SIEGEL: The president has made much of taking the banks out of the student loan programs, saving — I think it's $62 billion by eliminating that subsidy and using that money for student aid. Where does the Romney campaign stand on student loans and private banks?
SANCHEZ: There, Mr. Romney has been very firm. He says he wants to restore the role of private lenders and banks to the old program, which essentially subsidized these student loans by allowing banks and private lenders to issue these loans and essentially recover their full amount, as well as get a nice profit with it.
SIEGEL: They were guaranteed as if they were government loans, actually.
SANCHEZ: Yes, they were.
SIEGEL: Back to Pell Grants. He says they're going to keep Pell Grant Program growing. He referred to Representative Ryan's budget proposals that would reduce virtually anything in domestic spending. Was there actually a cut proposed to Pell Grants?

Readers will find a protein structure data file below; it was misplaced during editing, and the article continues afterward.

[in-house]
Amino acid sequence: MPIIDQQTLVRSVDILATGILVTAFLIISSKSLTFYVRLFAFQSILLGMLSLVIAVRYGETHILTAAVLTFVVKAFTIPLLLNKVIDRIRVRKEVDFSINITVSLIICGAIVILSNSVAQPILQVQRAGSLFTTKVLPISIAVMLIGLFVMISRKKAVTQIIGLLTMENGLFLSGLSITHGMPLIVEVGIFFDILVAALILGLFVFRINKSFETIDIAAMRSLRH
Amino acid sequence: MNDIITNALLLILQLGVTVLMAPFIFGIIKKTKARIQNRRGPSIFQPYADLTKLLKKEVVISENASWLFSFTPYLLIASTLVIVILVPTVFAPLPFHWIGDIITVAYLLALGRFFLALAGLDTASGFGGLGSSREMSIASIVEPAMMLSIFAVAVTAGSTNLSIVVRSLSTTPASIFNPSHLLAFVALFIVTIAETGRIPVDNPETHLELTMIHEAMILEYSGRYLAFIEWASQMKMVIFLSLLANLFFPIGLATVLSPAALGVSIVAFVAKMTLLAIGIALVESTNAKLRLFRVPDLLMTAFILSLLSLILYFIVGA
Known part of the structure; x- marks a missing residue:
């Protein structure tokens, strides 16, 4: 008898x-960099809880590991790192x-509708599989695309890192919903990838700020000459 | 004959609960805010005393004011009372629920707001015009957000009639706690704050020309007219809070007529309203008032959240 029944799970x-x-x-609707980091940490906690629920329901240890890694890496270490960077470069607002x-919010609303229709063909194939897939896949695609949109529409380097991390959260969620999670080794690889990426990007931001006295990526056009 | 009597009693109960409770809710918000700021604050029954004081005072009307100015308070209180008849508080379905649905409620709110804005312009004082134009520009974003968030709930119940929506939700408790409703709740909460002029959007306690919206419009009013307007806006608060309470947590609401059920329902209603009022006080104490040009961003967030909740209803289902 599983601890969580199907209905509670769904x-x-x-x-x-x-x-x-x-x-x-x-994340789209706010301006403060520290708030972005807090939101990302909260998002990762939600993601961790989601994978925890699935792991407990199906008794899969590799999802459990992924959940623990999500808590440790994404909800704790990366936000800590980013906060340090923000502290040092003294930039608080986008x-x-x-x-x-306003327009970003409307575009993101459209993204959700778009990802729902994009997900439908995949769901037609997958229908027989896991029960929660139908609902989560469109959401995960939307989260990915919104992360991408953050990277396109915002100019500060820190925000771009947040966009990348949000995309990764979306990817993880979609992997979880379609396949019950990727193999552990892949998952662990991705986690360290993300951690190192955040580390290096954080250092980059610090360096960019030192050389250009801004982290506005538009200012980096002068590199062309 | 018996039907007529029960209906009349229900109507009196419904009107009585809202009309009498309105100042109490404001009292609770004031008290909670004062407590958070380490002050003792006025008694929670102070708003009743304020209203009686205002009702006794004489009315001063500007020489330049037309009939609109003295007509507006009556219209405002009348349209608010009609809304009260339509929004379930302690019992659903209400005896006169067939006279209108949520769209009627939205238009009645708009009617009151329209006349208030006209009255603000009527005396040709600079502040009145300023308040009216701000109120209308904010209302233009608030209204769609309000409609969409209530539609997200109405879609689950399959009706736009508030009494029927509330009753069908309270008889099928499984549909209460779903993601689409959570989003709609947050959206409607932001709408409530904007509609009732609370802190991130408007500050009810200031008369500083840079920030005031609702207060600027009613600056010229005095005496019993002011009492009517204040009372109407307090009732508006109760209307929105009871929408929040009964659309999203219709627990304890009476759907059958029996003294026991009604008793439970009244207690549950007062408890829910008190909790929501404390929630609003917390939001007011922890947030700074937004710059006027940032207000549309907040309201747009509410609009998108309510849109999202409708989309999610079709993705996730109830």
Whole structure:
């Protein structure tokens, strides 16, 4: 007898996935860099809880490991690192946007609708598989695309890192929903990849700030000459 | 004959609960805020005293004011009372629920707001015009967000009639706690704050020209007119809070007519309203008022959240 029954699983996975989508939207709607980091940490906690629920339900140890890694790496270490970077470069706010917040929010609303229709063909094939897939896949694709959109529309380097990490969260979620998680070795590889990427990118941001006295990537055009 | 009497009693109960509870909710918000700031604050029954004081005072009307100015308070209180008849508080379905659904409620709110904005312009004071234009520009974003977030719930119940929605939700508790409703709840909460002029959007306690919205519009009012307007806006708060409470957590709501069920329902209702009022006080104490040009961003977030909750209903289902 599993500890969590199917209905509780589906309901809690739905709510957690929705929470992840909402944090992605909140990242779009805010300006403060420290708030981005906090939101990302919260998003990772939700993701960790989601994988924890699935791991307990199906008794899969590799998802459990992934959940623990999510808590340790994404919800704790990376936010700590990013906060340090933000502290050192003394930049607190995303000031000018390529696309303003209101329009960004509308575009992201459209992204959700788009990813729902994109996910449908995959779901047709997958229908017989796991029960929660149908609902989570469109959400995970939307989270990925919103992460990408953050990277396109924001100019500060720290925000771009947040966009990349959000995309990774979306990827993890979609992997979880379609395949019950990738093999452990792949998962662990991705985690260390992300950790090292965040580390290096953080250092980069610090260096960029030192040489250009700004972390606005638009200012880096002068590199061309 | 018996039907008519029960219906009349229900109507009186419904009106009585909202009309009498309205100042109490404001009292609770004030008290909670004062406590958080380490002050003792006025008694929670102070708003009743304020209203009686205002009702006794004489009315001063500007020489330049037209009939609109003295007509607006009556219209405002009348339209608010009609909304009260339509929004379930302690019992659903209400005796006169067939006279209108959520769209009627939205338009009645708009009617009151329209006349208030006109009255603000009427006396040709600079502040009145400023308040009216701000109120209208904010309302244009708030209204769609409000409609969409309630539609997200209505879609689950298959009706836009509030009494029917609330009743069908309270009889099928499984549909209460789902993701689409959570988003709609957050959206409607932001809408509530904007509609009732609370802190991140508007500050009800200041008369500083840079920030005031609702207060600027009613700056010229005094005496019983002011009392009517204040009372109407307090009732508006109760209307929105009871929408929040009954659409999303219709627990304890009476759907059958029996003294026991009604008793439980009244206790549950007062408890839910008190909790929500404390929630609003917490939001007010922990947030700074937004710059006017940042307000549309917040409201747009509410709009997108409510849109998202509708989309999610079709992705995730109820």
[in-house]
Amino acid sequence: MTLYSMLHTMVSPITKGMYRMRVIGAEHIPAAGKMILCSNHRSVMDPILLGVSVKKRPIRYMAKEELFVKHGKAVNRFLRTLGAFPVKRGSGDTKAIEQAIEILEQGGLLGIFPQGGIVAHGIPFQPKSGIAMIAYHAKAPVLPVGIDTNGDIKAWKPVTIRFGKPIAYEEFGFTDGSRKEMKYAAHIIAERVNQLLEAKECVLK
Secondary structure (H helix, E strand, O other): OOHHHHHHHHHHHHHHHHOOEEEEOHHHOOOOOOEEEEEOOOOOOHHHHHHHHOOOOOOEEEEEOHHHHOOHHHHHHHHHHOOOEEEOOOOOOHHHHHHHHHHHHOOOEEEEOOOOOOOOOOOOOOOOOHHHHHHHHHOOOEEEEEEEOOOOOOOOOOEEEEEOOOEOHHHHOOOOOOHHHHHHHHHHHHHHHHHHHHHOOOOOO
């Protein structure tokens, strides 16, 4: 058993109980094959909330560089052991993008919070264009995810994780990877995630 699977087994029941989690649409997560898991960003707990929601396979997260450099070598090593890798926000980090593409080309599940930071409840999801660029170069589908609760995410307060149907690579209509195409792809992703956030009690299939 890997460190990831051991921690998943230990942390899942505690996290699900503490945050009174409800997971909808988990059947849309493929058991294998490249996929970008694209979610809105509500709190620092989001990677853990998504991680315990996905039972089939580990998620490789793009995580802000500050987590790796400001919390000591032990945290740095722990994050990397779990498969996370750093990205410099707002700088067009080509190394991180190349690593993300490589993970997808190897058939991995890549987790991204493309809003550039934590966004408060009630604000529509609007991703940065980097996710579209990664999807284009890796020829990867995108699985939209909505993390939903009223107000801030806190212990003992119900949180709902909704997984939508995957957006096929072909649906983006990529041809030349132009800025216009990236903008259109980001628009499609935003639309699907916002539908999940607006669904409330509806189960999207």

SANCHEZ: There is no specific cut being proposed by Mr. Romney, because Mr. Romney essentially says he's not going to cut aid for low-income students. The Romney campaign does, though, talk about refocusing Pell Grants for students who need the most, which could mean he could reduce the number of people on Pell Grants by raising the eligibility requirements.
In other words, you'd have to be poor to qualify. And to be eligible right now, your family income cannot be over $50,000, more or less. Now, in the big picture, though, is that while significantly cutting Pell Grants is politically unlikely, debating who should be eligible for Pell Grants is a matter that Congress will take up regardless of who's president.
SIEGEL: Thank you, NPR's Claudio Sanchez and Julie Rovner.
ROVNER: You're welcome.
SANCHEZ: You're welcome. Transcript provided by NPR, Copyright National Public Radio.